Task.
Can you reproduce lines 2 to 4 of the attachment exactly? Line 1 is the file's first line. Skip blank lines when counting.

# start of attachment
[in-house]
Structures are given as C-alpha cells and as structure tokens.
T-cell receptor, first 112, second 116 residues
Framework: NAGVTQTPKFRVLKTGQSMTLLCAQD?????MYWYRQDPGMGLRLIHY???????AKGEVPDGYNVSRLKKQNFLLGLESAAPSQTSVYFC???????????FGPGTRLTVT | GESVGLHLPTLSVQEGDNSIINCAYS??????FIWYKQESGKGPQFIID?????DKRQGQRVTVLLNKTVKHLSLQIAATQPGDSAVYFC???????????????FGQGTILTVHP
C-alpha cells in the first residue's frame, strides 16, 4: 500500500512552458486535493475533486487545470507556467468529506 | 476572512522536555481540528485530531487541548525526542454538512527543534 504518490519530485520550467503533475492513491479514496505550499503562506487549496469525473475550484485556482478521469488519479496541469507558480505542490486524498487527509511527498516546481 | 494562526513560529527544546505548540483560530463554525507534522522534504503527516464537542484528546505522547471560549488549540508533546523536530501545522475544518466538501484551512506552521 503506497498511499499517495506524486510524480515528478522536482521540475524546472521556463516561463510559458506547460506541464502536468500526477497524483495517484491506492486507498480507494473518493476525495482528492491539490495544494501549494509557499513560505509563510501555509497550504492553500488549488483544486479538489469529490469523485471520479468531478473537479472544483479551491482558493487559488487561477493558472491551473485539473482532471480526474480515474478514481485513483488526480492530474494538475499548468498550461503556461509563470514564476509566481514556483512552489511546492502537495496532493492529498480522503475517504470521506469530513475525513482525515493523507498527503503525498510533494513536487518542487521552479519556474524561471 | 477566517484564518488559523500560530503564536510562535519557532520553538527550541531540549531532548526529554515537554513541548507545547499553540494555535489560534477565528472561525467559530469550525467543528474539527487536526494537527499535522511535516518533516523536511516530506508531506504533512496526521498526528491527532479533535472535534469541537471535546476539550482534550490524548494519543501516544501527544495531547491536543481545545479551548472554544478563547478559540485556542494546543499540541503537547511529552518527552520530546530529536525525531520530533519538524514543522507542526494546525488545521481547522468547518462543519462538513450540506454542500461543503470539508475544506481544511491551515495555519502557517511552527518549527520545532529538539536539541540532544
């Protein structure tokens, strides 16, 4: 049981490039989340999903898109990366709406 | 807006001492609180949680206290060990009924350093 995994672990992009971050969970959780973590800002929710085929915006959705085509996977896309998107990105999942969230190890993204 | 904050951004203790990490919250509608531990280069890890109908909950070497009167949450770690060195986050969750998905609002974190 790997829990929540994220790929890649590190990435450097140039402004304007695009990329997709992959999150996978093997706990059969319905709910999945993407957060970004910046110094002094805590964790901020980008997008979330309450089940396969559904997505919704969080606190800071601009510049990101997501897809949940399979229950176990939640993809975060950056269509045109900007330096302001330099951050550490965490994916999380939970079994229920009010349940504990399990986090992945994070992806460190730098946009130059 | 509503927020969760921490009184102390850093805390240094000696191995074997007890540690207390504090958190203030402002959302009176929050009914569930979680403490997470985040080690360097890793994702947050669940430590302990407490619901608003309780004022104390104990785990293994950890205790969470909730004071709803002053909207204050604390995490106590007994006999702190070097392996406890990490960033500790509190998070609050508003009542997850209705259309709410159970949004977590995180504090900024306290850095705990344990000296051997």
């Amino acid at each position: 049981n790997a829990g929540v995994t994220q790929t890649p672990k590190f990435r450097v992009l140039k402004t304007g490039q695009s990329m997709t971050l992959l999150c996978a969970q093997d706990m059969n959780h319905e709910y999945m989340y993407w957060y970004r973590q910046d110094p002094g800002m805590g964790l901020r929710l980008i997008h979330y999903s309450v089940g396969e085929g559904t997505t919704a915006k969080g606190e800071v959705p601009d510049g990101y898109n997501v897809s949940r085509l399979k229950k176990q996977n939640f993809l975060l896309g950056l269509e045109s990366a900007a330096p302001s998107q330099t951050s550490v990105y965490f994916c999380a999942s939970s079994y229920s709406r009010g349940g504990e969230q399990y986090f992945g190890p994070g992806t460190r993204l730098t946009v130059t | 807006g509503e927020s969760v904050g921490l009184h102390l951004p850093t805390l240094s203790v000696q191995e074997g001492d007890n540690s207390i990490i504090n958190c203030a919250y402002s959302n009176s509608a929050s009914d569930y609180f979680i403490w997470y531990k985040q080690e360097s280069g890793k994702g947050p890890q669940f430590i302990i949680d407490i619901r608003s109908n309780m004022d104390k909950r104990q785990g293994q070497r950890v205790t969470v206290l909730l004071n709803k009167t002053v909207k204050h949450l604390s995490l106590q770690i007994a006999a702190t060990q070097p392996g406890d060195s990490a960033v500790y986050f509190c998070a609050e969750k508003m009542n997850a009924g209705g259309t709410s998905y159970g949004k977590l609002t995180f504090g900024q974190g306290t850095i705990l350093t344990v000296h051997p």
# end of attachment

Structures are given as C-alpha cells and as structure tokens.
T-cell receptor, first 112, second 116 residues
Framework: NAGVTQTPKFRVLKTGQSMTLLCAQD?????MYWYRQDPGMGLRLIHY???????AKGEVPDGYNVSRLKKQNFLLGLESAAPSQTSVYFC???????????FGPGTRLTVT | GESVGLHLPTLSVQEGDNSIINCAYS??????FIWYKQESGKGPQFIID?????DKRQGQRVTVLLNKTVKHLSLQIAATQPGDSAVYFC???????????????FGQGTILTVHP